Fundamentals of Liquid Phase Sintering During Selective Laser Sintering

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Bunnell, D.E.
Das, S.
Bourell, D.L.
Beaman, J.B.
Marcus, H.L.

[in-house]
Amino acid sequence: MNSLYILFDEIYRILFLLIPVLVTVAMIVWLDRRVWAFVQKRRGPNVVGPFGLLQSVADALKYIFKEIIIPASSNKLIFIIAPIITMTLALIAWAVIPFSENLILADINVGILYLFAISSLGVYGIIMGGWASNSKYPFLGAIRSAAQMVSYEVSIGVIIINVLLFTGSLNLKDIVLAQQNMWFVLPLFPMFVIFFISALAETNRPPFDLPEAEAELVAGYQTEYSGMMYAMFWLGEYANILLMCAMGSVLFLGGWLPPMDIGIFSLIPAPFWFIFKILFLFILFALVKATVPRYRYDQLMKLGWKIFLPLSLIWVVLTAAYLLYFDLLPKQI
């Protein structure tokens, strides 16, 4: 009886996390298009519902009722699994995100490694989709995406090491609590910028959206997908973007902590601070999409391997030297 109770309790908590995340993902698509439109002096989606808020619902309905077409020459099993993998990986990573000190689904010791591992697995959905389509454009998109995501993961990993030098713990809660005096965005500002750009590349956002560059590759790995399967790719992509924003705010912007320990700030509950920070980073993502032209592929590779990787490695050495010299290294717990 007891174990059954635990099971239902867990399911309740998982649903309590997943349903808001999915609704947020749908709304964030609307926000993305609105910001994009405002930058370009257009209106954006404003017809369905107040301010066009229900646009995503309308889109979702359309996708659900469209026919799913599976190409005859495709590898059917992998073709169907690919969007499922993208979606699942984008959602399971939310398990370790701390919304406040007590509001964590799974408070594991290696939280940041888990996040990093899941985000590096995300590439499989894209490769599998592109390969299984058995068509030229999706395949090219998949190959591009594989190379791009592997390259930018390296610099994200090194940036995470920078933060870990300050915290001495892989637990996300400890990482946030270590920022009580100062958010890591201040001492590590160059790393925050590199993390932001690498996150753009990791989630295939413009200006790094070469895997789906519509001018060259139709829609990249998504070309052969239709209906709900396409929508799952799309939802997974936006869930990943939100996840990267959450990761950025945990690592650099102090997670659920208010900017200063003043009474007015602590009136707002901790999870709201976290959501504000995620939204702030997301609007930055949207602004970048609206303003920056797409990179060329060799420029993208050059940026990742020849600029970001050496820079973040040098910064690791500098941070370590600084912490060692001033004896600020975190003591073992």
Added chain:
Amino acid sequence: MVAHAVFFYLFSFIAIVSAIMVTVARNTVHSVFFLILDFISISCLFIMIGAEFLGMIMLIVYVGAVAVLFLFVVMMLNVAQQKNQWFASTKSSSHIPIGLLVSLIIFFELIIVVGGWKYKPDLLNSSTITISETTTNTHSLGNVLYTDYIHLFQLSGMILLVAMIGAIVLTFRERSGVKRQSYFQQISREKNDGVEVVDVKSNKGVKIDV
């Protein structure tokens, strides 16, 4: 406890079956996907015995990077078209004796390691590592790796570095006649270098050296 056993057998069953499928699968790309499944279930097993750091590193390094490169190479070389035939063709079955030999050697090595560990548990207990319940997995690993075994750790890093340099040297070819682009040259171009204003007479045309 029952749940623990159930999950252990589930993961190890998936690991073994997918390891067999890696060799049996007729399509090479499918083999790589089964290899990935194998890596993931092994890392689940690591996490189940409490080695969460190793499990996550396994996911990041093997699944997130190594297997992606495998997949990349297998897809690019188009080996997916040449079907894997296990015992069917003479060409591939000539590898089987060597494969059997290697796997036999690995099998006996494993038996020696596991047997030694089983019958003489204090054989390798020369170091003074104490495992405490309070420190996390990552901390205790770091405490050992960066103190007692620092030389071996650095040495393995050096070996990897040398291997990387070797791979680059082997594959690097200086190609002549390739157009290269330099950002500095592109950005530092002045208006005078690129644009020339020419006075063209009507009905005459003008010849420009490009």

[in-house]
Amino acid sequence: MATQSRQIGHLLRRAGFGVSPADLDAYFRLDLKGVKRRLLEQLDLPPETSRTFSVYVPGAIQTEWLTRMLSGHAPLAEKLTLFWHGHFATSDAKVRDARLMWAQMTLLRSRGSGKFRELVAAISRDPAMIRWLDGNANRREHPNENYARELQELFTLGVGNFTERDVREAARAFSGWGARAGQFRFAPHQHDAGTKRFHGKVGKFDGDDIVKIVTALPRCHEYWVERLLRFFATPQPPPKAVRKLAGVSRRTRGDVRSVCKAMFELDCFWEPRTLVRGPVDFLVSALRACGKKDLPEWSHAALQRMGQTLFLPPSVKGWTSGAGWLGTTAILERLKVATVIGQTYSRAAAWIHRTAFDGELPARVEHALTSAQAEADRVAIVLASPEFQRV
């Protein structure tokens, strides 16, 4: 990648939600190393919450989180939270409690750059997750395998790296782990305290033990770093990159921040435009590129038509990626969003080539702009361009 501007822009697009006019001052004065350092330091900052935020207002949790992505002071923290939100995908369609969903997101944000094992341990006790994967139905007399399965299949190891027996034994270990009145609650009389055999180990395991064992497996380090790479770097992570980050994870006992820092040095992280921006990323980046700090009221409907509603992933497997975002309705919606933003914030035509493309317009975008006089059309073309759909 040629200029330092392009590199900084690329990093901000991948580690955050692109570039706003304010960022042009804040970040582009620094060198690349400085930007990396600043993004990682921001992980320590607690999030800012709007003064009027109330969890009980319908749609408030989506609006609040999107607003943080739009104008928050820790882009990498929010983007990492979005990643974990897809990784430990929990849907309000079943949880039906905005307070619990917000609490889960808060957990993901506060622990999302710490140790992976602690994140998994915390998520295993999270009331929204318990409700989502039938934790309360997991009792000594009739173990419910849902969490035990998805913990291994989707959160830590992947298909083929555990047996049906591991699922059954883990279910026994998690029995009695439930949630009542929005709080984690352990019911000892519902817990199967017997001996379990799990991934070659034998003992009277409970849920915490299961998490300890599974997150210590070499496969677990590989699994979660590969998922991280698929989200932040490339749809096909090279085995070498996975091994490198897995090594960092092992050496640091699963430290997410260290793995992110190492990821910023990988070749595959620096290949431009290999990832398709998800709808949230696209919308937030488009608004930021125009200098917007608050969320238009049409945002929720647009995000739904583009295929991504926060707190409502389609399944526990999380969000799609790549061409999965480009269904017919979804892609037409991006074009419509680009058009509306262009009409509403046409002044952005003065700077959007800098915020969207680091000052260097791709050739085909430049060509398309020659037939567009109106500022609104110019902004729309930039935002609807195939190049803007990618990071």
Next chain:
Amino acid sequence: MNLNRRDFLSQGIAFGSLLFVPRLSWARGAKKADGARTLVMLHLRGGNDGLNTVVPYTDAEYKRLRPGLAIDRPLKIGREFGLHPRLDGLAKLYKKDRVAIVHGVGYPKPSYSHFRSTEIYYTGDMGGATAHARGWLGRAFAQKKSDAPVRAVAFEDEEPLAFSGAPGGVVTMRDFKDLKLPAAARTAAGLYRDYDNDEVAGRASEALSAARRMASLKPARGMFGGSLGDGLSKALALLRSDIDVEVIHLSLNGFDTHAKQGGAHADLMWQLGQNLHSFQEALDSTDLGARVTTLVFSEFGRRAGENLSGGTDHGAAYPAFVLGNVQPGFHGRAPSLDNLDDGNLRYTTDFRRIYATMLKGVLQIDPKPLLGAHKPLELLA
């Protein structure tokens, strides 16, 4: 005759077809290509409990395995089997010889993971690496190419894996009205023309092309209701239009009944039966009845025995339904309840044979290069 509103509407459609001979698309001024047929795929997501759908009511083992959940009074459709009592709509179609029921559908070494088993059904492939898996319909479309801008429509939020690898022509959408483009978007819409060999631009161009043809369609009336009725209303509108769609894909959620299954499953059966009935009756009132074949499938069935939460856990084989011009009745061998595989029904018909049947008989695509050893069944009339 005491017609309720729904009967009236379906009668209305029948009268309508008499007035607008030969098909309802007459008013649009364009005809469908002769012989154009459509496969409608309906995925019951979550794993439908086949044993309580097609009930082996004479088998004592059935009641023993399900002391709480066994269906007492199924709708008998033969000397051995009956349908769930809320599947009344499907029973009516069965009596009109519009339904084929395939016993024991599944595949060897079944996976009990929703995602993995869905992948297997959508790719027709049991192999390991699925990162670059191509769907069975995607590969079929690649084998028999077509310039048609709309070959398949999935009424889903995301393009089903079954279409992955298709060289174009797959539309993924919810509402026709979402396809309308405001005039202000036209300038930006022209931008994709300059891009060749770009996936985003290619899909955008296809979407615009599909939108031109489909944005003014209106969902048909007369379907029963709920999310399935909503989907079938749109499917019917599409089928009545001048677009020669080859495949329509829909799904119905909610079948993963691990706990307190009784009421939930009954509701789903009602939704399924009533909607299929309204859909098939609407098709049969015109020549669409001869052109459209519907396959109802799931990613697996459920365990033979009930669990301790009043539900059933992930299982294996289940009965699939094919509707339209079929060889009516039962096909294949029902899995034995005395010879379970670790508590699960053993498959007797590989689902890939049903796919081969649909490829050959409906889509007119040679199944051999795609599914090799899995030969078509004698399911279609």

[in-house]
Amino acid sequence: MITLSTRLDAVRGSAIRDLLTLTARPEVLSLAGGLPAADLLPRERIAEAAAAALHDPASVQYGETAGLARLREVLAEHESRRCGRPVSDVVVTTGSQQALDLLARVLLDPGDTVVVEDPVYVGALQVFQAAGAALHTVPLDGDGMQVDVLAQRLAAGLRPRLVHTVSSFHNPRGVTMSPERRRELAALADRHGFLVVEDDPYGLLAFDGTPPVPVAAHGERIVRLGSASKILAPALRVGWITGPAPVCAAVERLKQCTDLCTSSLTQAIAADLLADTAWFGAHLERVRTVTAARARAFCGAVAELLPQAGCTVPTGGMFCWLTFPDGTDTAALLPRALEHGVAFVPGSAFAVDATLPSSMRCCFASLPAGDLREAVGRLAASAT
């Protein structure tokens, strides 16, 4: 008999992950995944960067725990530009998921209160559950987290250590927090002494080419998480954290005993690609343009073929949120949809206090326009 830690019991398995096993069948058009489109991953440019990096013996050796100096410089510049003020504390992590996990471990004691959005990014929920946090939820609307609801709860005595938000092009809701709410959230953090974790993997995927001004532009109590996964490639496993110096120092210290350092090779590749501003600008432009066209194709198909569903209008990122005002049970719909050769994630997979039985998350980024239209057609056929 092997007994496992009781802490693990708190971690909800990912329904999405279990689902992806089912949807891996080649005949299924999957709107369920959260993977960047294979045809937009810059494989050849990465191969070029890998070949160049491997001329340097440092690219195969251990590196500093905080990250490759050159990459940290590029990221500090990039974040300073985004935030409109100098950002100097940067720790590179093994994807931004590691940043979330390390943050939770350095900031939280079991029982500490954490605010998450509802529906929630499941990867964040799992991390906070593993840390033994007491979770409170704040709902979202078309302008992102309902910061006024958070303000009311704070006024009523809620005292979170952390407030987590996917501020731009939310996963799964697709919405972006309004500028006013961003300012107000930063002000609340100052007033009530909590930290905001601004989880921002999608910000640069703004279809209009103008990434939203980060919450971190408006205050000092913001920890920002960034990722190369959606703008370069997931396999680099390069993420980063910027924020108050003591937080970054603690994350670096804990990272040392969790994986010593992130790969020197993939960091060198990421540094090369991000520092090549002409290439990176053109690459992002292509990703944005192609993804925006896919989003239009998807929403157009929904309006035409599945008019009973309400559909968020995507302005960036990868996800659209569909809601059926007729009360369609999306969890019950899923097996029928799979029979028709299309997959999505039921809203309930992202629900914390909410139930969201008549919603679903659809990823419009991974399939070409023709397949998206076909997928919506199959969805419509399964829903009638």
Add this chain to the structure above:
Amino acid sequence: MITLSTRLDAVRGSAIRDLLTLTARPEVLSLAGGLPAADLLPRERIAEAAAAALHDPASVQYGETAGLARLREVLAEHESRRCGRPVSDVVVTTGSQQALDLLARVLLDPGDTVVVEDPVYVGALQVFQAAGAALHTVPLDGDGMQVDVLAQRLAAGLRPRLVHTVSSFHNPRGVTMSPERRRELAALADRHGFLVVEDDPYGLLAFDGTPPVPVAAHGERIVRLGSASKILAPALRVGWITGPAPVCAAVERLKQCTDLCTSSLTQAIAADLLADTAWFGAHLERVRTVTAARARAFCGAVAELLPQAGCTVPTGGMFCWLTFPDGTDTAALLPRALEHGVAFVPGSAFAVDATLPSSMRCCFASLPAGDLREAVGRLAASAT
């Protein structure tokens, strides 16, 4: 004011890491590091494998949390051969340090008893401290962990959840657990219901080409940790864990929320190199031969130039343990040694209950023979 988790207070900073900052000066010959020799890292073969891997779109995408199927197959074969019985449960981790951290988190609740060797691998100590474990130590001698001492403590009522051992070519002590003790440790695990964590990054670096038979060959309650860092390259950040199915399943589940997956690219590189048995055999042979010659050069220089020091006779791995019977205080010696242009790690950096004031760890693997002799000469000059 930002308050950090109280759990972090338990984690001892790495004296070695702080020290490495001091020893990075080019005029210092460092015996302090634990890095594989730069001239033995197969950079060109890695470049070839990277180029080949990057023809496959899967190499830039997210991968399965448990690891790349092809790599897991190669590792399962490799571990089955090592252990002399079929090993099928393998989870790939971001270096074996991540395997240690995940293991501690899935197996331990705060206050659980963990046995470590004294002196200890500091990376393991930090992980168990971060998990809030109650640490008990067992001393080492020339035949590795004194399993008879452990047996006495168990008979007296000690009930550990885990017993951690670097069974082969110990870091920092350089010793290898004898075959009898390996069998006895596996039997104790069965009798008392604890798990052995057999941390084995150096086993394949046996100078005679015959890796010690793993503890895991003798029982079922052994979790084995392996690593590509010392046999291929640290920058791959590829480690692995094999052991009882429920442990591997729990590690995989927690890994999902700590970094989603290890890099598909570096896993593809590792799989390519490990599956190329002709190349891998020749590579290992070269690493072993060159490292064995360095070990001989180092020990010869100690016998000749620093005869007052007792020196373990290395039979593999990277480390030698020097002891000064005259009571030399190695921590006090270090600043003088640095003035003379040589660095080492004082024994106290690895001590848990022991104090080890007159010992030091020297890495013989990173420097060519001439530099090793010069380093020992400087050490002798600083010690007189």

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One of the advantages of the Selective Laser Sintering (SLS) process is that a variety of materials can be processed. However, the goal of being able to produce fully dense metal parts with no post processing has been elusive. Using Selective Laser Sintering to produce metal parts with full density without post processing poses a challenge since both the processing conditions and the metal system must be controlled. This article describes two metallurgical mechanisms by which loose metal powder beds could be sintered to nearly full density using a scanning laser beam. The mechanisms are particle rearrangement during liquid phase sintering (LPS) and in-situ infiltration. Some of the particles, when heated by the laser radiation, melt and form a liquid. Ifthis liquid has certain physical properties (e.g., low viscosity and high surface tension) and wets the other solid particles, then the SLS process can in theory produce dense layers by either mechanism. The purpose of this study is to determine the process and material selection parameters required to achieve fully dense parts during direct Selective Laser Sintering of metal.


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